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Texas A&M officials offer update on diversity efforts
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Texas A&M officials offer update on diversity efforts

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With preliminary concepts for changes in campus designs mapped out and a pilot program for increasing Black student admission commitments under their belt, Texas A&M officials are moving forward with the recently approved four-year, $24.75 million plan to address diversity.

Outgoing interim president John Junkins released a progress report Thursday afternoon outlining the efforts made so far to address diversity, equity and inclusion via the eight-step action plan that the Board of Regents approved in January.

The action plan was a direct response to needs identified in a report by the 45-member Commission on Diversity, Equity and Inclusion that former President Michael K. Young initiated last year.

In January, that plan stated that while the Lawrence Sullivan Ross statue, which was the center of several protests last year, would stay in Academic Plaza, a task force would be established to help tell A&M’s history through iconography. Thursday’s progress report outlined several spots in Academic Plaza and around campus that could be home to additional historical displays, but Junkins stressed that the preliminary conceptual designs have not been approved.

Actions outlined in January also included increasing the number of scholarship recipients and fellowship participants for certain programs, recognizing more “outstanding Aggies leading by example,” and documenting and communicating success stories of former students of color. There is also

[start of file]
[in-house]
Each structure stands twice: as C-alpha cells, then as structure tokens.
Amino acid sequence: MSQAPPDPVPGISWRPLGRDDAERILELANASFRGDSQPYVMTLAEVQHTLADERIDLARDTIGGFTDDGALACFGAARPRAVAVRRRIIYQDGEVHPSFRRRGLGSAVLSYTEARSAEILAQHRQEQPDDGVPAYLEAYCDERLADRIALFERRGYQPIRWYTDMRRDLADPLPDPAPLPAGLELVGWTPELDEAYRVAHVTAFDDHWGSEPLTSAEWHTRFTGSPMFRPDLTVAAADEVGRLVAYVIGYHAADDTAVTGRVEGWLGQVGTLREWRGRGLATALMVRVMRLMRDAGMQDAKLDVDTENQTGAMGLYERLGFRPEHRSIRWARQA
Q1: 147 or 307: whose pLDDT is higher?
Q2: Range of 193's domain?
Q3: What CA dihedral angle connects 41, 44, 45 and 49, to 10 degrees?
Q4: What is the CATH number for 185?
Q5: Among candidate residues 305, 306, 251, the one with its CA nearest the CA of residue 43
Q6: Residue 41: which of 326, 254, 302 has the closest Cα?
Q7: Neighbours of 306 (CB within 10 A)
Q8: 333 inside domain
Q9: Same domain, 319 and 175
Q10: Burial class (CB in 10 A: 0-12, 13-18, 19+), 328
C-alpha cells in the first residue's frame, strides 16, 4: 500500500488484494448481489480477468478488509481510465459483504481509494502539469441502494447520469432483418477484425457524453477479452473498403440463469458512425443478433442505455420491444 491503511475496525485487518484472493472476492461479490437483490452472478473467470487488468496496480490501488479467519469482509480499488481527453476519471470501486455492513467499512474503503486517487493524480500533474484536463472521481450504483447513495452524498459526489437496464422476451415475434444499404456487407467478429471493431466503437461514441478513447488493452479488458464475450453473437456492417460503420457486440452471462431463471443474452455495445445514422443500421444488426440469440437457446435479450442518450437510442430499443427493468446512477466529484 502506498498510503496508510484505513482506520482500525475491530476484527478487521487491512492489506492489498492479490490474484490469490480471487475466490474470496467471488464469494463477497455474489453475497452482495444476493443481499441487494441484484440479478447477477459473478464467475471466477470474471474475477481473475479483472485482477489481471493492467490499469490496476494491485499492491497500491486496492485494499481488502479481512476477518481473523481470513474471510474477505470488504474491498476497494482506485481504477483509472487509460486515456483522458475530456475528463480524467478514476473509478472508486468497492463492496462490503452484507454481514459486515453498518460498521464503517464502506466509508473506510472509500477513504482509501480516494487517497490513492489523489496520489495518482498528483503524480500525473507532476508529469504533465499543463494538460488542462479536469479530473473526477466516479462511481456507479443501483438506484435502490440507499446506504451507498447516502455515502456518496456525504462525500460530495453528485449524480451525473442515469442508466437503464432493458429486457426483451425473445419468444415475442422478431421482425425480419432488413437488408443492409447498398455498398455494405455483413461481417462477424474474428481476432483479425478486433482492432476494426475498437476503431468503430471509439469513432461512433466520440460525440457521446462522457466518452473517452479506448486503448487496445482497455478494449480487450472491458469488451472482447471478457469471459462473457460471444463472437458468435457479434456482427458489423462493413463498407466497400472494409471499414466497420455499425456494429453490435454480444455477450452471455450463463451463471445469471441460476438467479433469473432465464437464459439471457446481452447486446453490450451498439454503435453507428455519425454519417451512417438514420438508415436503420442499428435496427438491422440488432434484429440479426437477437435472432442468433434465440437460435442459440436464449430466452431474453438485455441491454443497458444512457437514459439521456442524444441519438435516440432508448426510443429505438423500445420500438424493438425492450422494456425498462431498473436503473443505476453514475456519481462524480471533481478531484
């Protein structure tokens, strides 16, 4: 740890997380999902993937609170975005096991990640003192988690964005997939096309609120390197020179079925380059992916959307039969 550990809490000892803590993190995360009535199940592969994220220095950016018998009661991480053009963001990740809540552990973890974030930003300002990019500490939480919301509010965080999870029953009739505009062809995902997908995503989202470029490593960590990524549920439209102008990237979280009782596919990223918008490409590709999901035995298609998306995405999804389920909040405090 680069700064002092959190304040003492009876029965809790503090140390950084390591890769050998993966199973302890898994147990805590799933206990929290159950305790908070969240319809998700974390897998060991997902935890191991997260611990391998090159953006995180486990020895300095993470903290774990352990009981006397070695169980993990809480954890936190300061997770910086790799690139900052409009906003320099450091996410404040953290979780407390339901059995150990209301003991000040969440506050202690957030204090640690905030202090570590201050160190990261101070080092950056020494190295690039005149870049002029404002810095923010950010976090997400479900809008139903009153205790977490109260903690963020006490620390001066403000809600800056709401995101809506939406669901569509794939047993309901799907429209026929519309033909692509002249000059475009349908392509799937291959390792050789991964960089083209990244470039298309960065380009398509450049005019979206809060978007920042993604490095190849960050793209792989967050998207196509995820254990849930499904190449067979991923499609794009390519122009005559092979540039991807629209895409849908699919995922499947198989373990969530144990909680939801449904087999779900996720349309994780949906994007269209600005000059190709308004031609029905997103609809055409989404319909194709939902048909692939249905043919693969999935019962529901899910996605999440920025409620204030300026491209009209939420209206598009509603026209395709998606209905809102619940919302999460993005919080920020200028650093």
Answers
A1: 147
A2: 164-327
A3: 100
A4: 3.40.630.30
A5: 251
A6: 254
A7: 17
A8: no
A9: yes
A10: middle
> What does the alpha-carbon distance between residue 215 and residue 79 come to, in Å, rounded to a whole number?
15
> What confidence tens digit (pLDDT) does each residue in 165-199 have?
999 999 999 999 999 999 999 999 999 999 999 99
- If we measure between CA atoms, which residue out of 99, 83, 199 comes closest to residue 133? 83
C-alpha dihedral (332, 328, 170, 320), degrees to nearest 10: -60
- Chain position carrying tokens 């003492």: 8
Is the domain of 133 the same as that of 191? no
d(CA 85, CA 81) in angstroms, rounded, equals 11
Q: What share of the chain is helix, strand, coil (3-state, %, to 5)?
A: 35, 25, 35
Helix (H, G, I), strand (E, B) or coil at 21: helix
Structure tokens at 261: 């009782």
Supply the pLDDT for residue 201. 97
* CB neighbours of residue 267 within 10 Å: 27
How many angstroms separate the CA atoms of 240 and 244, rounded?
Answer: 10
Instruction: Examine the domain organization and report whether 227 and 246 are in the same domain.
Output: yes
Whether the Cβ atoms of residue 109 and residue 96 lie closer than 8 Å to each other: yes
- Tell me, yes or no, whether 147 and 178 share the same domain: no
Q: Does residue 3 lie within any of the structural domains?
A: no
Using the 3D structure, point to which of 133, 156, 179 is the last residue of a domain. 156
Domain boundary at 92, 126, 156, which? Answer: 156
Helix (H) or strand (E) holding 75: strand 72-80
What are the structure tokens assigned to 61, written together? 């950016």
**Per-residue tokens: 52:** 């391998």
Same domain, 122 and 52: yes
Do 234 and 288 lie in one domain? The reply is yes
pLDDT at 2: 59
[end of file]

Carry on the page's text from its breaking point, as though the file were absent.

$1.5 million set aside to expand the student pipeline in fall 2021 and fall 2022, in part by “significantly” increasing the number of students from underrepresented groups by 2026.

The Thursday progress report says that 56 faculty, staff, students and advisers split across six teams worked toward getting those efforts off the ground.

“This presentation is just an update,” Junkins told the Black Former Students Network as he presented the progress report yesterday. “It’s just a few months into a four-year program. As I said in the last paragraph [of the report], this journey is going to be a never-ending quest to better live up to our core values and our obligations as a land grant university. And in the process, we will place this great university on a higher plane both in reality and in terms of national reputation, and in terms of addressing all of the issues under the DEI umbrella.”

The task force on campus historical displays recommended using the entire school as a way to tell university history, adding that a wide range of media should be used and that there should be a phased implementation of changes.

The core of the task force’s ideas centered around three main plazas, the first being Academic Plaza, the next being the area between the Academic Building and Cushing Library and the final one being on West Campus. These areas are also designated as phases one, two and three in the report, respectively.

Additionally, the task force said that there needs to be more diverse types of art placed around campus, pointing out that right now about 30% of items around the school are bronze statues of historical figures.